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Friday, April 16, 2021

Old friends, new world

Russian Foreign Minister Sergey Lavrov’s visit to subcontinent underlines changing nature of India-Russia relationship

By: Editorial |
Updated: April 8, 2021 8:21:11 am
Old friends, new worldThe differences between Delhi and Moscow, however, extend to a wider strategic theatre, beyond South Asia and Afghanistan.

Russian Foreign Minister Sergey Lavrov’s visit to the subcontinent — his visit to India followed by a two-day trip to Pakistan — underlines the readjustment of Moscow’s orientation in the region. The focus of Lavrov’s visit to the region was on the Afghanistan peace process and he spoke in New Delhi of the need for an “inclusive solution”, emphasising that the “Taliban is a part of Afghan society”. India’s stand, diplomatically articulated by External Affairs Minister S Jaishankar, has been that the “peace process should be based on foundational principles… and a political solution should mean an independent… and democratic Afghanistan”. In Islamabad, Lavrov said that Russia and Pakistan had “convergent positions” on the Afghan peace process.

The differences between Delhi and Moscow, however, extend to a wider strategic theatre, beyond South Asia and Afghanistan. This was apparent in Jaishankar’s use of the term “Indo-Pacific” and Lavrov insisting on “Asia Pacific”. The Russian FM also spoke of Russia’s close relationship with China but emphasised that Moscow eschewed “military alliances”. And in a thinly-veiled reference to the Quad — the US-Japan-India-Australia Quadrilateral security dialogue — he said that alliances such as “Asian NATO” can be “counterproductive” and at odds with “inclusive cooperation”. Coupled with its closeness to China and outreach to Pakistan, Lavrov’s visit marks a departure for Russia-India ties.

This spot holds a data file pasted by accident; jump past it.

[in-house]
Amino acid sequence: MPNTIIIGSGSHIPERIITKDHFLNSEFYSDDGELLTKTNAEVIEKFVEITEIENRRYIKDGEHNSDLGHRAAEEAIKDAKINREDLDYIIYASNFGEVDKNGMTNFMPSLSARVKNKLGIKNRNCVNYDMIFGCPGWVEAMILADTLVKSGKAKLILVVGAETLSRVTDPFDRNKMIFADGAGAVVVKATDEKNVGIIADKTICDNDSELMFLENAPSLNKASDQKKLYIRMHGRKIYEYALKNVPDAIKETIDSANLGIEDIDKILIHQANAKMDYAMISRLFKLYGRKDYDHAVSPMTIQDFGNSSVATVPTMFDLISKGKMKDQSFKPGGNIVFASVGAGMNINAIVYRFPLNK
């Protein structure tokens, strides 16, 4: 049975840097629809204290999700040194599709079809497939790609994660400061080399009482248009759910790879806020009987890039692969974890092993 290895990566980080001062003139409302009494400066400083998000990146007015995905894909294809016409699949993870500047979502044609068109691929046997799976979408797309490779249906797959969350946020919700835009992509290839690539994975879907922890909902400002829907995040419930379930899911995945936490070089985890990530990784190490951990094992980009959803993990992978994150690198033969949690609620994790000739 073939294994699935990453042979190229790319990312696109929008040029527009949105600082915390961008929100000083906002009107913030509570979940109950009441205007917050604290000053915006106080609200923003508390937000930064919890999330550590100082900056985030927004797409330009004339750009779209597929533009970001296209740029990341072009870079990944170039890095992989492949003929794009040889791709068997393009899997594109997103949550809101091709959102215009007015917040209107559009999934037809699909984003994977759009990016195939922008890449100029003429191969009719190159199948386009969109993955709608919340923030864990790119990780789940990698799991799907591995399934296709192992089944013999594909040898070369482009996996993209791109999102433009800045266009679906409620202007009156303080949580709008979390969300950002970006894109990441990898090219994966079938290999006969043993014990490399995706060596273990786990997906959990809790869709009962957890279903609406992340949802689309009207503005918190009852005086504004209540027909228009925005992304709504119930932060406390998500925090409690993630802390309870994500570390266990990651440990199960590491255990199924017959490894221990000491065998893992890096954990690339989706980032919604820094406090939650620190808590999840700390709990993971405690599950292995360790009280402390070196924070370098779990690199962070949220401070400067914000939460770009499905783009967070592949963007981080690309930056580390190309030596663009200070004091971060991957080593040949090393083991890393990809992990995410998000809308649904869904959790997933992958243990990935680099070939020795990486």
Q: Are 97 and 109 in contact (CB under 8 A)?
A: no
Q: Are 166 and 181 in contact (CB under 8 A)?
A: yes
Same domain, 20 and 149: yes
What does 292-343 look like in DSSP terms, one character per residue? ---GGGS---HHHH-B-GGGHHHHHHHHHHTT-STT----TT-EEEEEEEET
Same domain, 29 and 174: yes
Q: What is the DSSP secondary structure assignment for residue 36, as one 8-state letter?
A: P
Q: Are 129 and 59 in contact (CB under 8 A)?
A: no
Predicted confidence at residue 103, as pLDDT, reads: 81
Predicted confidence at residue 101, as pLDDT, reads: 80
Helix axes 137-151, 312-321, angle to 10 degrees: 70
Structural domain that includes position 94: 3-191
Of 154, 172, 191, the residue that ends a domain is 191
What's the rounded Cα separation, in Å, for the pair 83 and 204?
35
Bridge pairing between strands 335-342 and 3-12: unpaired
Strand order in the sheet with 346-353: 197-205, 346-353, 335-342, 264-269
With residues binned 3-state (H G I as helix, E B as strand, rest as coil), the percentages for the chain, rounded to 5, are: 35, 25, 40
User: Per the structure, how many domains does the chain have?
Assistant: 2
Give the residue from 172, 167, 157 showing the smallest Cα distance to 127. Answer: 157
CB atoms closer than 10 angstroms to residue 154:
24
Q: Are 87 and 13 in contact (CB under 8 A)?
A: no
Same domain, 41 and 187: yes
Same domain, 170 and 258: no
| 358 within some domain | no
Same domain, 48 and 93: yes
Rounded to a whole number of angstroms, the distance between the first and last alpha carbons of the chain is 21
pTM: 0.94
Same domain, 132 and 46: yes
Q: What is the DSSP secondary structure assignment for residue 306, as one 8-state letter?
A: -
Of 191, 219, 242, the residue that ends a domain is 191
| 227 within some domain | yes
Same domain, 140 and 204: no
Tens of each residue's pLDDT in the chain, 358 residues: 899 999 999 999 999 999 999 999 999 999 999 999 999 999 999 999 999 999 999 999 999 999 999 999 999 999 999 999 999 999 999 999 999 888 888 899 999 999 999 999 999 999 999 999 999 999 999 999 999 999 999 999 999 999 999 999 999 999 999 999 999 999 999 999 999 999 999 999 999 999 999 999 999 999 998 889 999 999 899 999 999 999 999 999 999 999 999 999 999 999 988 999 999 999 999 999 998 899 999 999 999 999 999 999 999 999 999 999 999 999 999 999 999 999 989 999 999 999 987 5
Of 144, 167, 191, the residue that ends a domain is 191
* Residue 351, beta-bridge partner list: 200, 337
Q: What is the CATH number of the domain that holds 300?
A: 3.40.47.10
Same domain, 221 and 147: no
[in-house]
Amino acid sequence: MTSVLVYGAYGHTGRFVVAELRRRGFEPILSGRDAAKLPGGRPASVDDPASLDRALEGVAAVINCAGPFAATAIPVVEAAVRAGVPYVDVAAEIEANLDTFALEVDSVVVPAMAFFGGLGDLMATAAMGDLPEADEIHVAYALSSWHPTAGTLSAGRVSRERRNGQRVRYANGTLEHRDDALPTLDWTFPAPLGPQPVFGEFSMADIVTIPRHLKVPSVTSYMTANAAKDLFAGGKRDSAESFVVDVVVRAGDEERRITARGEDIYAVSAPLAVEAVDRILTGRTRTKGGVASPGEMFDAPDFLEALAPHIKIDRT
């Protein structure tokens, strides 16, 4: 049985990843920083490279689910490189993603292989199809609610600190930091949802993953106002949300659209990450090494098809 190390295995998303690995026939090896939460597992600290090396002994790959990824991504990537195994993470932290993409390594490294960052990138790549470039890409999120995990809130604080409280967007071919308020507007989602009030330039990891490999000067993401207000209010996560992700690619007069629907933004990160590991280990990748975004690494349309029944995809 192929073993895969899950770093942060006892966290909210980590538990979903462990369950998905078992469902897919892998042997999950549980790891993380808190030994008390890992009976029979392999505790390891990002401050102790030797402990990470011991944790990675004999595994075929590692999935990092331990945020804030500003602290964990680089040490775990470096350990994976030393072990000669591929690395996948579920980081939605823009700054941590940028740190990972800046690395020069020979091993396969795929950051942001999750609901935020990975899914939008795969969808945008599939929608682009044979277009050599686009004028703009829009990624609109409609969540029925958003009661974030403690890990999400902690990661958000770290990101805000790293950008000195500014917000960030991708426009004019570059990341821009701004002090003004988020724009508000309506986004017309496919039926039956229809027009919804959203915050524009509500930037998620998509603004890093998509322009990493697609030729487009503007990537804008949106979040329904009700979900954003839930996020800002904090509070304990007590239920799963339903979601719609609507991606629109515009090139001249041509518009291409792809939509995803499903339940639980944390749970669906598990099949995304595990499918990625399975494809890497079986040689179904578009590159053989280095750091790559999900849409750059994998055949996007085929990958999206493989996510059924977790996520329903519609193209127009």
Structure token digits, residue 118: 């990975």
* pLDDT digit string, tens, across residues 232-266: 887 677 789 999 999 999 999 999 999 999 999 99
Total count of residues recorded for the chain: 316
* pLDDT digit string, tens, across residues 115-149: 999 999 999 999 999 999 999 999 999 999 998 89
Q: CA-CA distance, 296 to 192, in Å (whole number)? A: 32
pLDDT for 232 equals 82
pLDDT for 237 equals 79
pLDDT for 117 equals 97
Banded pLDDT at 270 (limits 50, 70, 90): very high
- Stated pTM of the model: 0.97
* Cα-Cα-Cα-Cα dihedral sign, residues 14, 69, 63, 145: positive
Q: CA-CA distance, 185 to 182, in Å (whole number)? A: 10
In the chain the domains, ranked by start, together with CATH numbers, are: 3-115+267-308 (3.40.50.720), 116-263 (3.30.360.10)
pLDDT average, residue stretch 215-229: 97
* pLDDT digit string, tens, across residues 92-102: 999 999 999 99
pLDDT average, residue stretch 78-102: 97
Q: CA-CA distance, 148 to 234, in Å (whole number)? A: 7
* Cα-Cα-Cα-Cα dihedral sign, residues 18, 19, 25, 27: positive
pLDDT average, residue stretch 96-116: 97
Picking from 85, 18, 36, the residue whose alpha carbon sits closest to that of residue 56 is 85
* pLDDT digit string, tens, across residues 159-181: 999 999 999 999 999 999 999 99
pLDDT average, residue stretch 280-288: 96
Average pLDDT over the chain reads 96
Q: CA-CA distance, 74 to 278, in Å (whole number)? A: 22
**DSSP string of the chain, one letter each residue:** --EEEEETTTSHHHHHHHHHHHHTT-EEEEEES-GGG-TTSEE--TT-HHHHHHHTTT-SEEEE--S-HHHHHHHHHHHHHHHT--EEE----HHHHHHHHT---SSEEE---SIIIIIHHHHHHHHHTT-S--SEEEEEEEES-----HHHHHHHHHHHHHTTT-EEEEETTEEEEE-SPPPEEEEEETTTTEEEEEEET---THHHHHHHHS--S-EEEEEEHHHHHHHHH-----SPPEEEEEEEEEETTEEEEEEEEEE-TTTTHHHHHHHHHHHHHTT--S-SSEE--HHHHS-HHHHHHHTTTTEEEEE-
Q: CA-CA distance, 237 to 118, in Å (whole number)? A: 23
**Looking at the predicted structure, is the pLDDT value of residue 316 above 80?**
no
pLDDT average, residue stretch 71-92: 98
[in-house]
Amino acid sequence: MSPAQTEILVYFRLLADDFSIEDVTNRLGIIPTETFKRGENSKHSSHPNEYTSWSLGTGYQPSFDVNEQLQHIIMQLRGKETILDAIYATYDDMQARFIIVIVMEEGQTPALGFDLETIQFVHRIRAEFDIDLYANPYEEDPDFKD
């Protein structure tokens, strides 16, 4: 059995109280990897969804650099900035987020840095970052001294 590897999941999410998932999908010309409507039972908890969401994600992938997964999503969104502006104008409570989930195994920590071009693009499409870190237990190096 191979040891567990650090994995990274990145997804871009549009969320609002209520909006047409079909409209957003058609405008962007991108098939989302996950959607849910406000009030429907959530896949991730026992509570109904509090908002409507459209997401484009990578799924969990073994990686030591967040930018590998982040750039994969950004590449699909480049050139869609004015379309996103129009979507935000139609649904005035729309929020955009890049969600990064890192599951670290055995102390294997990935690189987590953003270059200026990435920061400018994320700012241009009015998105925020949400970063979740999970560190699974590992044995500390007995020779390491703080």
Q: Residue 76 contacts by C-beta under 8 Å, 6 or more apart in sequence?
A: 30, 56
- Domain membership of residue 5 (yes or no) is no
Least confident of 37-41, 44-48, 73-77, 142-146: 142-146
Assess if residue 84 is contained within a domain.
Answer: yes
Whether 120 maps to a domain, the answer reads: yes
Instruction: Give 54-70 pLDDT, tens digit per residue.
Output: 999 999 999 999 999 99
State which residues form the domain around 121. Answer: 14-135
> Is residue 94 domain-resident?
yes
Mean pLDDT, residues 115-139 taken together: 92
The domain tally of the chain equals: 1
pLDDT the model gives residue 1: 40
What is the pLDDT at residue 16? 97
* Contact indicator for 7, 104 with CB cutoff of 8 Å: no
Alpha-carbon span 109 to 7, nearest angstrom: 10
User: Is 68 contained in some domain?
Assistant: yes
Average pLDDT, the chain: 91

For both Delhi and Moscow, the current moment represents a challenge that they must rise to without giving up their respective core interests. There have been significant shifts in the great-power dynamics in recent years. Differences have deepened between the US and China and the US and Russia, while Sino-Russian ties are, in Lavrov’s words, “the highest in history”. It is this broader scenario in which Russia is drawing closer to Pakistan, and India is broadening its diplomatic footprint. However, as far as the bilateral relationship is concerned, both countries continue to value each other and there are still many essential areas of convergence, including in defence and energy, and the longstanding partnership in the space and nuclear sectors. For example, India is keen to go ahead with the purchase of the S-400 missile system from Russia despite the threat of sanctions under CAATSA from the US. Maintaining and building on these aspects will preserve the relationship in an evolving global scenario.

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